5. The heat-shrinkable polyester-based film of claim 4, wherein the copolyester comprises 80 mol% or more of terephthalic acid based on a total amount of the dicarboxylic acid components, and 14 ∼ 24 mol% of diols excluding ethyleneglycol based on a total amount of the diol components.
 
6. The heat-shrinkable polyester-based film of claim 4, wherein the copolyester has a melting point of 195 ∼ 215°C.
 
7. The heat-shrinkable polyester-based film of claim 4, wherein the copolyester is included in an amount of 85 ∼ 98 wt% based on a total amount of the polyester resin.
 
8. A method of manufacturing a heat-shrinkable polyester-based film by extruding and stretching a polyester-based resin, comprising:

compounding particles having an average particle size of 0.1 ∼ 5 µm and a polybutyleneterephthalate resin having an intrinsic viscosity of at least 0.8 dl/g, thus manufacturing a polyester-based resin master batch containing particles, wherein the particles are included in an amount of 10 ∼ 70 wt% based on a total weight of the master batch;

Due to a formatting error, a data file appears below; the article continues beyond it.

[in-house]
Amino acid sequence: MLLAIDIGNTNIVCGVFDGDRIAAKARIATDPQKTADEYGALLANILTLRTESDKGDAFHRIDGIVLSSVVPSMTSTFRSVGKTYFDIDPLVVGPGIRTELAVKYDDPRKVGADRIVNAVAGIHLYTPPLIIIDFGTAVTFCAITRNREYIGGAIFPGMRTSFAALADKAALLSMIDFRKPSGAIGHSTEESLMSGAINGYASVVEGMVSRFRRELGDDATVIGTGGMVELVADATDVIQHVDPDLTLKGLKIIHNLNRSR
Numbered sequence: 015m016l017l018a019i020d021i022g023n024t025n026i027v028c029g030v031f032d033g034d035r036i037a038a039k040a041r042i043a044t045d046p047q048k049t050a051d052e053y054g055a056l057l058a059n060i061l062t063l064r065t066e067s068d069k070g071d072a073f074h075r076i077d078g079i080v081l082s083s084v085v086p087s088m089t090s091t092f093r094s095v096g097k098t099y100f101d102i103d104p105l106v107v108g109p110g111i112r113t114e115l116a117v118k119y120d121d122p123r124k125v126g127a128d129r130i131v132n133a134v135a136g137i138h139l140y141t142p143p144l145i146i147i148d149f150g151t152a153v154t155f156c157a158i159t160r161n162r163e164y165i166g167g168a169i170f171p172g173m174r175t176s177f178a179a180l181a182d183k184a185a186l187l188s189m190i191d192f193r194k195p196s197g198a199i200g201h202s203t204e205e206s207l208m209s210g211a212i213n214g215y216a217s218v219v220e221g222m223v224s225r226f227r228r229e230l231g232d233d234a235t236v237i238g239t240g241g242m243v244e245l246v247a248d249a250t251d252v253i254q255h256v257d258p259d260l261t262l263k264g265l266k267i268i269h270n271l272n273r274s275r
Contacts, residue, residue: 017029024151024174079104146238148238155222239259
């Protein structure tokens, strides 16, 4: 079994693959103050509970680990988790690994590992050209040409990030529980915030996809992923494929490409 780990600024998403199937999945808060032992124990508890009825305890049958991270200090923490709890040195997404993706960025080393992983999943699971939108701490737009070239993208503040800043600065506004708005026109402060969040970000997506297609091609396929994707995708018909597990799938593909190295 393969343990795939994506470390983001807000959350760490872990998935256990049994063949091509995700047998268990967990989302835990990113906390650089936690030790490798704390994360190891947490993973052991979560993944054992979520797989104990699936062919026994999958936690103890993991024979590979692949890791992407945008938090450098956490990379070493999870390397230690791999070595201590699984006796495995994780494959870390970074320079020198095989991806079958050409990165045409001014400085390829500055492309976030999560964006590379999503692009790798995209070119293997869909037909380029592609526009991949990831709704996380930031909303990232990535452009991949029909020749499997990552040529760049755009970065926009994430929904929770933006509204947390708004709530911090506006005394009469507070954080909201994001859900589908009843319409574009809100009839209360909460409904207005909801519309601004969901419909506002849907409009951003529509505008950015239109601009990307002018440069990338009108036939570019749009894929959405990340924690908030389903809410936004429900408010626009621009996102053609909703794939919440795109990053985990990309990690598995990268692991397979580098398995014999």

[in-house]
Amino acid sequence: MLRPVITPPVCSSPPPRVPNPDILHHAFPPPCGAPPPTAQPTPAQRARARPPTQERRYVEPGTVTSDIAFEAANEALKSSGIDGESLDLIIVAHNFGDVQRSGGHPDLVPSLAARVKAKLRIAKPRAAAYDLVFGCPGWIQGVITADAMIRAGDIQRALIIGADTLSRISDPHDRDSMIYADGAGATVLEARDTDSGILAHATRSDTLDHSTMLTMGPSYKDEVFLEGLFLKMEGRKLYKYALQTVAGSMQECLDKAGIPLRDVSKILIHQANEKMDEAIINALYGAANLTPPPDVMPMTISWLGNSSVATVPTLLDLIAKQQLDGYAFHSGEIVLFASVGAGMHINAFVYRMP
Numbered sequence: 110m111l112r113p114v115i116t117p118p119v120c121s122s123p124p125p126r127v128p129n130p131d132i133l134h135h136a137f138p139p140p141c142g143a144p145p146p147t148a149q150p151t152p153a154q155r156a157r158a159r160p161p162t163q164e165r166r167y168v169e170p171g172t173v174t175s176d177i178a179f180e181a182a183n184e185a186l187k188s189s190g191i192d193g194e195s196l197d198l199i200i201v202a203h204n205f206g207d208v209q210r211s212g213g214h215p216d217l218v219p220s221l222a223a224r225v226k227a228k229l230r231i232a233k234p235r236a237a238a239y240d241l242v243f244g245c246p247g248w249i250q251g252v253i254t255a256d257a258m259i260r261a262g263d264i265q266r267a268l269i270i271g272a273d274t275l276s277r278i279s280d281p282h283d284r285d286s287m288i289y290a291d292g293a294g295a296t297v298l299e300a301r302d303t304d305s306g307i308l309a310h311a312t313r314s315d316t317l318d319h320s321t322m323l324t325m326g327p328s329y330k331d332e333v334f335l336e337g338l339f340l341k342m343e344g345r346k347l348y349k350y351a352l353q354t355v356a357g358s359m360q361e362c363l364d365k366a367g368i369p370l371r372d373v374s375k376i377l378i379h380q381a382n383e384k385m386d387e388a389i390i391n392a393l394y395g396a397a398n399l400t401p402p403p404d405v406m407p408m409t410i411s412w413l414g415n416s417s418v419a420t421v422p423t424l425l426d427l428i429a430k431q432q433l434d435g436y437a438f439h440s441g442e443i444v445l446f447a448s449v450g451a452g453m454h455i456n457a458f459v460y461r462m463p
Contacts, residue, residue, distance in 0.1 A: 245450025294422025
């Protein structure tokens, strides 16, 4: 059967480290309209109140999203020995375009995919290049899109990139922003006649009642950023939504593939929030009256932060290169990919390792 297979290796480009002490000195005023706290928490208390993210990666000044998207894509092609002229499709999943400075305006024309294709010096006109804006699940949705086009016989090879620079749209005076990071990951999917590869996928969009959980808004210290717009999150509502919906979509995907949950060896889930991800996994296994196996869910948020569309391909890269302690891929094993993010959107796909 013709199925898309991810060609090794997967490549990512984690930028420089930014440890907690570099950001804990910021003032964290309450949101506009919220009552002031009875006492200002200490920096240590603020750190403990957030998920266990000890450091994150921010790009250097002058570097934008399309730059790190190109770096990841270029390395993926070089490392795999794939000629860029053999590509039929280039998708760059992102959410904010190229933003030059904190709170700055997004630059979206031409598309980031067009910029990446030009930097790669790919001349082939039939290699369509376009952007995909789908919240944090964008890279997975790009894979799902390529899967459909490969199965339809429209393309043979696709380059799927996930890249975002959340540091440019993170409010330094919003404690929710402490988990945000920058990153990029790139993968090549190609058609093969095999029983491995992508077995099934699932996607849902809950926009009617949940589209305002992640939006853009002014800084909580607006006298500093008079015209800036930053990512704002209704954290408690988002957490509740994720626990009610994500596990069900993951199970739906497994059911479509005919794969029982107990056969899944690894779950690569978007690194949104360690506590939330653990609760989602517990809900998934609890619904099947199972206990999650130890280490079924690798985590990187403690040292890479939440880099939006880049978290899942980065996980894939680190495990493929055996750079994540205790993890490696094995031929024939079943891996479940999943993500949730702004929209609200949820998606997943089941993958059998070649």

mixing and extruding the polyester-based resin master batch containing particles and a copolyester-based resin including 14 ∼ 24 mol% of diols excluding ethyleneglycol based on a total amount of diol components, thus manufacturing an unstretched sheet, wherein the particles are included in an amount of 2 ∼ 10 wt% based on a total weight of the sheet;

preheating the extruded polyester-based sheet; and

stretching the sheet in a transverse direction at 65 ∼ 100°C.


 
9. The method of claim 8, wherein the manufacturing the master batch comprises mixing the particles and a homopolyester-based polymer having a melting point difference of within 30°C from the copolyester to create a mixture; placing the mixture in a twin-screw extruder or a kneader so that the mixture is melted and kneaded thus obtaining a homopolyester master batch containing particles.
 
10. The method of claim 9, wherein upon obtaining the homopolyester master batch containing particles, a cooling unit is added to inside of a screw of the extruder so that a melting temperature is controlled.
 
11. The method of claim 8, wherein the stretching in the transverse direction is performed at a stretching ratio of 3.5 ∼ 5.0 times.
 
12. The method of claim 8, wherein the particles of the polyester-based resin master batch are titanium oxide.
 
13. A heat-shrinkable polyester-based label, comprising:

a heat-shrinkable polyester-based film layer comprising a polyester-based resin matrix including a repeating unit of butyleneterephthalate and particles dispersed in the resin matrix, wherein the film has an opacity (%) of 20 ∼ 70% and a shrinkage of 40 ∼ 80% in a maximum shrinking direction upon treatment with warm water at 90°C for 10 sec;